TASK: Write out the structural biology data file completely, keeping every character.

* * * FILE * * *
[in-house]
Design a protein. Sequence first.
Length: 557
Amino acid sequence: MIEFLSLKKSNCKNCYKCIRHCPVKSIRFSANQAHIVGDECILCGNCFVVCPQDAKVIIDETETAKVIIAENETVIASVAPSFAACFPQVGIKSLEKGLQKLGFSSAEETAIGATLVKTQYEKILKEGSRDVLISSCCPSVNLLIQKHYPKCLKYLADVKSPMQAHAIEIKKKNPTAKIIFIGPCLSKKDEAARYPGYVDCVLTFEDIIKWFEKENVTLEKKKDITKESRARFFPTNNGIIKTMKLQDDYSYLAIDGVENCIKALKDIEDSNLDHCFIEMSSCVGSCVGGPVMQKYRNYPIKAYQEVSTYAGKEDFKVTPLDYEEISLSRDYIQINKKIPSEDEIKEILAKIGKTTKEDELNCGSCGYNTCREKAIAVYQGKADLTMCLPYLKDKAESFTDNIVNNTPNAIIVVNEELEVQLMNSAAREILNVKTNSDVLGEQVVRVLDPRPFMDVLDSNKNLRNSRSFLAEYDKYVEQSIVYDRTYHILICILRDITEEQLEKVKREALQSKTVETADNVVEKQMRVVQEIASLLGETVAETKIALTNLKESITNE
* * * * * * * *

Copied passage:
[in-house]
Design a protein. Sequence first.
Length: 557
Amino acid sequence: MIEFLSLKKSNCKNCYKCIRHCPVKSIRFSANQAHIVGDECILCGNCFVVCPQDAKVIIDETETAKVIIAENETVIASVAPSFAACFPQVGIKSLEKGLQKLGFSSAEETAIGATLVKTQYEKILKEGSRDVLISSCCPSVNLLIQKHYPKCLKYLADVKSPMQAHAIEIKKKNPTAKIIFIGPCLSKKDEAARYPGYVDCVLTFEDIIKWFEKENVTLEKKKDITKESRARFFPTNNGIIKTMKLQDDYSYLAIDGVENCIKALKDIEDSNLDHCFIEMSSCVGSCVGGPVMQKYRNYPIKAYQEVSTYAGKEDFKVTPLDYEEISLSRDYIQINKKIPSEDEIKEILAKIGKTTKEDELNCGSCGYNTCREKAIAVYQGKADLTMCLPYLKDKAESFTDNIVNNTPNAIIVVNEELEVQLMNSAAREILNVKTNSDVLGEQVVRVLDPRPFMDVLDSNKNLRNSRSFLAEYDKYVEQSIVYDRTYHILICILRDITEEQLEKVKREALQSKTVETADNVVEKQMRVVQEIASLLGETVAETKIALTNLKESITNE